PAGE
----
We’re only one week into the new year but there is a growing feeling that, for the Eurozone, 2023 might be better -or less bad- than expected. Gas prices (chart 1) have dropped to pre-war levels -on the back of a warm winter thus far, very high inventory levels and cutbacks in gas use-, headline inflation was negative in December versus November -a decline of -0.3% against a Bloomberg consensus of +0.8%- and both the manufacturing and services purchasing managers’ indices increased in December, respectively to 47.8 and 49.8, bringing the composite PMI to 49.3. In addition, the European Commission’s economic sentiment indicator rose for the second month in a row in December.[1] Unsurprisingly, European equities are up year-to-date with the EuroStoxx 50 outperforming the S&P500 (chart 2). These developments and data have led several commentators to argue that the recession would be shallower than expected hitherto.

Gas and oil prices

Although the likelihood has indeed increased, caution is warranted. Some arguments are in favour of a ‘bull’ case -a shallower recession- but others argue for a ‘bear’ case, meaning that it’s too early to become more optimistic. The thinking underpinning the more positive assessment runs as follows. The drop in oil and gas prices will benefit households and firms and should accelerate the pace of disinflation this year, which in turn should lead to slower and/or more limited monetary tightening. Moreover, the rebound of the composite PMI in December bodes well for real GDP growth in the final quarter of 2022 and the first quarter of this year.



However, this rosy picture should be nuanced. Firstly, headline inflation has started to decline in the Eurozone, but the gap with the ECB’s target remains huge (chart 3). Moreover, core inflation has accelerated in December, both on an annual and monthly basis (chart 4). Secondly, gas prices may increase again later this year when inventories need to be replenished. Thirdly, the hawkish tone after the December governing council meeting has been followed by messages showing that the tightening job is far from over. François Villeroy de Galhau, governor of the Banque de France, recently stated that “after raising interest rates to close to the “neutral interest rate” of 2% in December, we are now embarking on the second phase towards monetary stabilization: ideally, it would be good to reach the right “terminal rate” by next summer, but it is still too early to say what that level will be.”[2] He also mentioned the role of core inflation in determining the appropriate stance of monetary policy. His colleague at the Dutch central bank recently commented that the ECB had “only just passed the halfway point of its tightening cycle and needs to be ‘in there for the long game’ to tame high inflation.[3] Finally, one should avoid reading too much in the recent data. The December rebound of the composite PMI and the increase of the European Commission’s economic sentiment indicator is of course good news: GDP growth at the turn of the year could be better than expected and create a positive carry-over effect for this year’s GDP. However, the survey data provide little or no information what this could mean for GDP growth beyond the first quarter of this year. As shown by the table, the relationship between growth and the composite PMI is only significant in the current quarter (T) and the next quarter (T+1).[4] Beyond that, the PMI provides no statistically significant information about real GDP growth. Even for the current and next quarter, caution is warranted considering that, as shown by the low adjusted R², a large part of the fluctuations in growth are not explained by what happens with the PMI. Besides, the European Commission survey is only statistically significant for estimating growth in the current quarter. To conclude, the recent data are clearly good news for the near term, but beyond that, caution should prevail.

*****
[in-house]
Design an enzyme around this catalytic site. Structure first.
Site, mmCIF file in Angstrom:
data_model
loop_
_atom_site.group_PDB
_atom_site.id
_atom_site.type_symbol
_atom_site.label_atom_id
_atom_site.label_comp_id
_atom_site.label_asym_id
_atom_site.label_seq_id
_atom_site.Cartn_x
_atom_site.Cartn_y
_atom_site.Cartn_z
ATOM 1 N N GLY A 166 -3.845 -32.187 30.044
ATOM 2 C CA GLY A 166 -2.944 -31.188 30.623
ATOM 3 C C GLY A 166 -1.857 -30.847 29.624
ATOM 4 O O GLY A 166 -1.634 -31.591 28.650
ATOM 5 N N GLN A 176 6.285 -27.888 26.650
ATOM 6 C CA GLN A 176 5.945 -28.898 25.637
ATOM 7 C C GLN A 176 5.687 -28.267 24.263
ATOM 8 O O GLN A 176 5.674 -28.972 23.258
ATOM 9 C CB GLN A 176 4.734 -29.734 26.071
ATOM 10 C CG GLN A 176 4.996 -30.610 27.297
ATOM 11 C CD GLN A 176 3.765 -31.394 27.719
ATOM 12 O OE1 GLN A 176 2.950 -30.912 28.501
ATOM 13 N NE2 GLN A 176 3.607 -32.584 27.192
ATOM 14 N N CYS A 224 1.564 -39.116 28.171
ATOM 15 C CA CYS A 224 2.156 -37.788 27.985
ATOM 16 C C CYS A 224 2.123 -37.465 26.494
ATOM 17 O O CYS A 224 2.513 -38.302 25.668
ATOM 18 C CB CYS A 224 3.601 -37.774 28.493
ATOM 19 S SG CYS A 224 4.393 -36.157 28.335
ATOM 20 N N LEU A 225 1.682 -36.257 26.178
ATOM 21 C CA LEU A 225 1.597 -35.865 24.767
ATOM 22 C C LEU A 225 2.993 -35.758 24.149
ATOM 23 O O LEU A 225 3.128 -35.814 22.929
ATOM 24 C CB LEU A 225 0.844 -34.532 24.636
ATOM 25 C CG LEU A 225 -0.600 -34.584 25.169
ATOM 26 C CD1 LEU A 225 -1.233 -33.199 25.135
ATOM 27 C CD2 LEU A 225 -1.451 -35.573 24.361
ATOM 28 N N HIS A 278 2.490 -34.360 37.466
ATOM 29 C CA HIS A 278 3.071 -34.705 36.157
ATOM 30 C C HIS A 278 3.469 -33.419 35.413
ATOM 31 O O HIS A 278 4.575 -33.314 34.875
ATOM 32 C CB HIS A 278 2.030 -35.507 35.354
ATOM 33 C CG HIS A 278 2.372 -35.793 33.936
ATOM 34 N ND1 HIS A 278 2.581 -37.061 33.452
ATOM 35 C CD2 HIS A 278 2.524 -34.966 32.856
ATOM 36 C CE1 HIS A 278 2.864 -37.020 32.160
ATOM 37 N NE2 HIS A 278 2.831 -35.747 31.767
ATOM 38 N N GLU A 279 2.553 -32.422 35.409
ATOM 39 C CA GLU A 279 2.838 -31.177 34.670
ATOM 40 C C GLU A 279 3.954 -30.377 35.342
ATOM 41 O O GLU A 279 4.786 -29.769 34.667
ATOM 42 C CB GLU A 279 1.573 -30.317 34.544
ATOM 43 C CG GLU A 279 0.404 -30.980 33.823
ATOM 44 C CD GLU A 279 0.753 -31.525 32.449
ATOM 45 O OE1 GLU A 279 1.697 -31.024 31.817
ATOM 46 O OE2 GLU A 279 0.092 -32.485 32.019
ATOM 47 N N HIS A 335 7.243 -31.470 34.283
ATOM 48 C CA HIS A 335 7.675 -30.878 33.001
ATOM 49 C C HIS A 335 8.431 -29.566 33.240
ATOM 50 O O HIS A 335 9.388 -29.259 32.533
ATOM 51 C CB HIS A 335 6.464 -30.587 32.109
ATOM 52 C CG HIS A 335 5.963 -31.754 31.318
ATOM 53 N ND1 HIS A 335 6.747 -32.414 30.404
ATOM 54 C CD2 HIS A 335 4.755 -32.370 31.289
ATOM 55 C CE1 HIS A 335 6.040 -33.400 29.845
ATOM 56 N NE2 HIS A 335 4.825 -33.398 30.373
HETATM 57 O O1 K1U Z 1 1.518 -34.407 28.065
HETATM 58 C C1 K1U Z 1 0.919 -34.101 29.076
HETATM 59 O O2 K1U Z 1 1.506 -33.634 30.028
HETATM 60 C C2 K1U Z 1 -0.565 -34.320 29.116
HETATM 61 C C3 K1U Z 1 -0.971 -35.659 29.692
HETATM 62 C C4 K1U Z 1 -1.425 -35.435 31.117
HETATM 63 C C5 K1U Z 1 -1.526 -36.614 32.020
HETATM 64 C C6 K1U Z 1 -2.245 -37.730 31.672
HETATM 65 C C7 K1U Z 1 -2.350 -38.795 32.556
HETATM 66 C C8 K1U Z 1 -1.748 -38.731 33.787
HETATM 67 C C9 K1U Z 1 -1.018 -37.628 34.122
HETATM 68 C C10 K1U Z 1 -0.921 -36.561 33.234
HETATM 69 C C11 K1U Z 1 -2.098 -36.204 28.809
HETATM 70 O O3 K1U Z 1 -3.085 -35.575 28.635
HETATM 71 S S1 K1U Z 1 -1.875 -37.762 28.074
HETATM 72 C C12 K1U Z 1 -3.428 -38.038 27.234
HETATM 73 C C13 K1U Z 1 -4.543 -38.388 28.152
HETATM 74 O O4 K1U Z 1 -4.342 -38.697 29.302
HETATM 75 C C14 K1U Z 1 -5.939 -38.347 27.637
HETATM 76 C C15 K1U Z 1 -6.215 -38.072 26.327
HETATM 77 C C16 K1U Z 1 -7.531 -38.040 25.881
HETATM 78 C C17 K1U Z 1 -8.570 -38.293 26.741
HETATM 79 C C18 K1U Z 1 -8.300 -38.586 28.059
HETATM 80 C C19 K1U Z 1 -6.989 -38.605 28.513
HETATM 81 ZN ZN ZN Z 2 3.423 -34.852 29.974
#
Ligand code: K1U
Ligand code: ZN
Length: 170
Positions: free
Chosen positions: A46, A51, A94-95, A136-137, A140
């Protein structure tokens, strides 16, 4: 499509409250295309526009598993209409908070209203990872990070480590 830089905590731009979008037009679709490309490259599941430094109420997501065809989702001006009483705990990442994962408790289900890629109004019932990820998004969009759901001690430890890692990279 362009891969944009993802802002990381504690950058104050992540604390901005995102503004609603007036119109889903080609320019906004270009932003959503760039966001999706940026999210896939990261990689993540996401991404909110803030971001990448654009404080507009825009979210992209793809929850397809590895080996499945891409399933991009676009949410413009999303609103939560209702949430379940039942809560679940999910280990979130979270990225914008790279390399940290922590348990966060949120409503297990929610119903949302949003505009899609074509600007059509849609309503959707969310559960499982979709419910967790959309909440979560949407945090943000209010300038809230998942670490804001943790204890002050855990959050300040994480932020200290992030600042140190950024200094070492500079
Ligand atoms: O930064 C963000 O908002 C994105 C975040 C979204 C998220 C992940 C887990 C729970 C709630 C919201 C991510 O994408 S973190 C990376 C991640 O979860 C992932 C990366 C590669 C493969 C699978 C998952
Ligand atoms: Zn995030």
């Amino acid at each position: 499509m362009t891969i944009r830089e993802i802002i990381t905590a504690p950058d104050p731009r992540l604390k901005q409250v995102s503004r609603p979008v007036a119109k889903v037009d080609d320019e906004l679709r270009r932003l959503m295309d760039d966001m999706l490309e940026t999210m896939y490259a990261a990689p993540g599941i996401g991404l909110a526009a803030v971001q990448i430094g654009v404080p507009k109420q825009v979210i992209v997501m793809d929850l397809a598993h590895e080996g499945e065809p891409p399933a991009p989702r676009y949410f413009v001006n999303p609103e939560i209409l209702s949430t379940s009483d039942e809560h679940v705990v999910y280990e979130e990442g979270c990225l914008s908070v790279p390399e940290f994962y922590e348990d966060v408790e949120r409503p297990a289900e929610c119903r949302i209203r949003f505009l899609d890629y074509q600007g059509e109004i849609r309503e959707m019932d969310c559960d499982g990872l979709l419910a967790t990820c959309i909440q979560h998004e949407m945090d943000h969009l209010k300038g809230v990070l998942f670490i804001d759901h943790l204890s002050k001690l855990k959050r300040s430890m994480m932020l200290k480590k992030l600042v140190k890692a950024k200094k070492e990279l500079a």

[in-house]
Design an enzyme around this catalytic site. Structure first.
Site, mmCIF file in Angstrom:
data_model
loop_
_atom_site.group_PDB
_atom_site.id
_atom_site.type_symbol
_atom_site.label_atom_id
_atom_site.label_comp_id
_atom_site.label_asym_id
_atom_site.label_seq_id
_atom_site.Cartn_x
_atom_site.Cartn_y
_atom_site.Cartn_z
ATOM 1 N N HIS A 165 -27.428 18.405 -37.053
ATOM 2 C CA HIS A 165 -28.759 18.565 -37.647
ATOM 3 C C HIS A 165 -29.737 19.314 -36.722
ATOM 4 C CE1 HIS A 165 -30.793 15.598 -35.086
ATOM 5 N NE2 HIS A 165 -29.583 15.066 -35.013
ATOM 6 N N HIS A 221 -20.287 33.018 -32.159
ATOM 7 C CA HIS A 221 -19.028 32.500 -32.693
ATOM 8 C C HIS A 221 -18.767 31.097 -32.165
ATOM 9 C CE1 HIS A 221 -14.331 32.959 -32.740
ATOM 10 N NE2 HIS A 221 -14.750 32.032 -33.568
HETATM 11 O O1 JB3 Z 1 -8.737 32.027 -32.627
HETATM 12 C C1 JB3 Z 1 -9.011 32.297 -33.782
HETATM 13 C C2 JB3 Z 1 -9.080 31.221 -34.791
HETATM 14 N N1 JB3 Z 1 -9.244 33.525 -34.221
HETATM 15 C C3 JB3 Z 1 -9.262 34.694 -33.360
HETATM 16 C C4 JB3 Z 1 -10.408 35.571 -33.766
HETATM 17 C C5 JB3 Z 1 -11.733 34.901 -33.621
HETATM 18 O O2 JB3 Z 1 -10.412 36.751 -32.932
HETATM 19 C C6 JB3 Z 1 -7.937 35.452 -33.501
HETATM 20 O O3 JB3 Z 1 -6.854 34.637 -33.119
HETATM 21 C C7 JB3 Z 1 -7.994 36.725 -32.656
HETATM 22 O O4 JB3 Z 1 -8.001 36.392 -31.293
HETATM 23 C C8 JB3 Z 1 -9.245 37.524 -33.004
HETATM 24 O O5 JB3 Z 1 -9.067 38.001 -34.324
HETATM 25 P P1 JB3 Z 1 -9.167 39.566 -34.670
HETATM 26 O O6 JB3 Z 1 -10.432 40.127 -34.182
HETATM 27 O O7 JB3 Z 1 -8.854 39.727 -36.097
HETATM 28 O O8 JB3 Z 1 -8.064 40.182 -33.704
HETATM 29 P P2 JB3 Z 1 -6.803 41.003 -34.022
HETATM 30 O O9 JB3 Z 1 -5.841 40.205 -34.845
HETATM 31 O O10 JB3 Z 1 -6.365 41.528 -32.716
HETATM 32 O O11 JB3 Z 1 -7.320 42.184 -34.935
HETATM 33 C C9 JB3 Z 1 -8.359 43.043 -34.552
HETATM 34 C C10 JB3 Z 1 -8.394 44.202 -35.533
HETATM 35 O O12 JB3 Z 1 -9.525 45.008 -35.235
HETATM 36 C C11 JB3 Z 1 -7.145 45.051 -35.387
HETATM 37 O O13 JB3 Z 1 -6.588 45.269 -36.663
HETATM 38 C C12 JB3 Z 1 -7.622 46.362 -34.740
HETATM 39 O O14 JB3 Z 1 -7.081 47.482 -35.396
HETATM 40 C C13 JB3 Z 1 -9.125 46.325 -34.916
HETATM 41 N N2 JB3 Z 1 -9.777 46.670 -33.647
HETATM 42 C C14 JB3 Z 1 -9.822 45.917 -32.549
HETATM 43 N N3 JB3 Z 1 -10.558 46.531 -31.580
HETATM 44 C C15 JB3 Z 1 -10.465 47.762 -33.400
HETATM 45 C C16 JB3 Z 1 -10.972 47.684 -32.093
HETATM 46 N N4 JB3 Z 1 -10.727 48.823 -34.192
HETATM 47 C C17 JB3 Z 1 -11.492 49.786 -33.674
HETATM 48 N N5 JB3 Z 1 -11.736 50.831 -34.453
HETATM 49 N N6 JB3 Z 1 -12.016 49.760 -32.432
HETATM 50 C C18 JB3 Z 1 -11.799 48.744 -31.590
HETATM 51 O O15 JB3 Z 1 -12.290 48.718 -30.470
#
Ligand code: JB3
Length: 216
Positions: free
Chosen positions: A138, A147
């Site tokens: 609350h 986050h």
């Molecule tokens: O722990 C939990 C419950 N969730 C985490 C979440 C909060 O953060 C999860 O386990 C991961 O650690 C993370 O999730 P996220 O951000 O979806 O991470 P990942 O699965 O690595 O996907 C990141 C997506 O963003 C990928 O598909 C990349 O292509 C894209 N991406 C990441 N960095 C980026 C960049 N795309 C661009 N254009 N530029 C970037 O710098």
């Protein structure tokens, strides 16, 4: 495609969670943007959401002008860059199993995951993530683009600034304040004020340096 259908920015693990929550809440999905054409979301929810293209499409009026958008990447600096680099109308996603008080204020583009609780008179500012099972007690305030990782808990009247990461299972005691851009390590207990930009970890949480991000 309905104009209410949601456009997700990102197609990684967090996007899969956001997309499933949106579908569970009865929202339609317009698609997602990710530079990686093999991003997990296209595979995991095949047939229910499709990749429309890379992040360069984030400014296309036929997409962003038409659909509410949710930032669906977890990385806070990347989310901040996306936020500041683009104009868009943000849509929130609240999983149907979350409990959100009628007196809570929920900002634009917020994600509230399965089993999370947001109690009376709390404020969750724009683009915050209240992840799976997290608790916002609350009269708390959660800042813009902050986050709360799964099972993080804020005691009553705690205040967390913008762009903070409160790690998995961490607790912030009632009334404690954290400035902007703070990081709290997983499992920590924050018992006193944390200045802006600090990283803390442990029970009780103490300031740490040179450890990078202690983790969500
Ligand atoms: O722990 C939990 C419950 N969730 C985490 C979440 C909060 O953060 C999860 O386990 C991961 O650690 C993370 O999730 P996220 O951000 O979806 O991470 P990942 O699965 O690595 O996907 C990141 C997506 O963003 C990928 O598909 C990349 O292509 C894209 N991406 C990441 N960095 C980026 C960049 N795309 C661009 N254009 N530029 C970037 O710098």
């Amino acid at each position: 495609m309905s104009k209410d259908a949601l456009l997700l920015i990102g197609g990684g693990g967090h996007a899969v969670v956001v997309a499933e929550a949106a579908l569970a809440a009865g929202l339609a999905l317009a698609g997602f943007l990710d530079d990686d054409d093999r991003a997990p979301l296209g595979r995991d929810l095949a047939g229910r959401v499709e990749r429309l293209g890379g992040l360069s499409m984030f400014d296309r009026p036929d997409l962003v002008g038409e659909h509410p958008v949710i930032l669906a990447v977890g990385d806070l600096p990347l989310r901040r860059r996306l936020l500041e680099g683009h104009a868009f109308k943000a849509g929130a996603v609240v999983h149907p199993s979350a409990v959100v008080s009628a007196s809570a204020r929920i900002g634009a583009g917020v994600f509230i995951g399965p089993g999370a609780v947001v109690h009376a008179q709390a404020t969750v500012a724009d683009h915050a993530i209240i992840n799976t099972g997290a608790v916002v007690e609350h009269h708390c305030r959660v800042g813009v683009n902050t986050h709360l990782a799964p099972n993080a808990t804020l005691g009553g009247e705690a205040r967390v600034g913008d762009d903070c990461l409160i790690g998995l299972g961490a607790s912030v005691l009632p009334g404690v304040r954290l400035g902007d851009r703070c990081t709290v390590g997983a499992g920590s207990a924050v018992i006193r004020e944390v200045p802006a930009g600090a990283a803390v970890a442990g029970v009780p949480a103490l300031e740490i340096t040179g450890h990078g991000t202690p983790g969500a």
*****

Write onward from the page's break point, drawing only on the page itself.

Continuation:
Eurozone inflation and GDP



[1] The Economic Sentiment Indicator (ESI) is a composite indicator combining results of surveys in industry, construction, retail trade, services as well as amongst consumers. Source: European Commission.

[2] Source: New Year wishes 2023, Speech by François Villeroy de Galhau, Governor of the Banque de France, Chairman of the ACPR, Paris, 5 January 2023.

[3] Source: Leading ECB policy maker hints at sharp climb to peak rates, Financial Times, 26 December 2022.

[4] The composite PMI for the final month of a given quarter has been used to produce a forecast of quarterly GDP growth for the same quarter (T) and the following quarters (T+1, T+2, T+3). A similar analysis using the European Commission’s economic sentiment indicator only shows a significant relationship for the same quarter but not for the following quarters.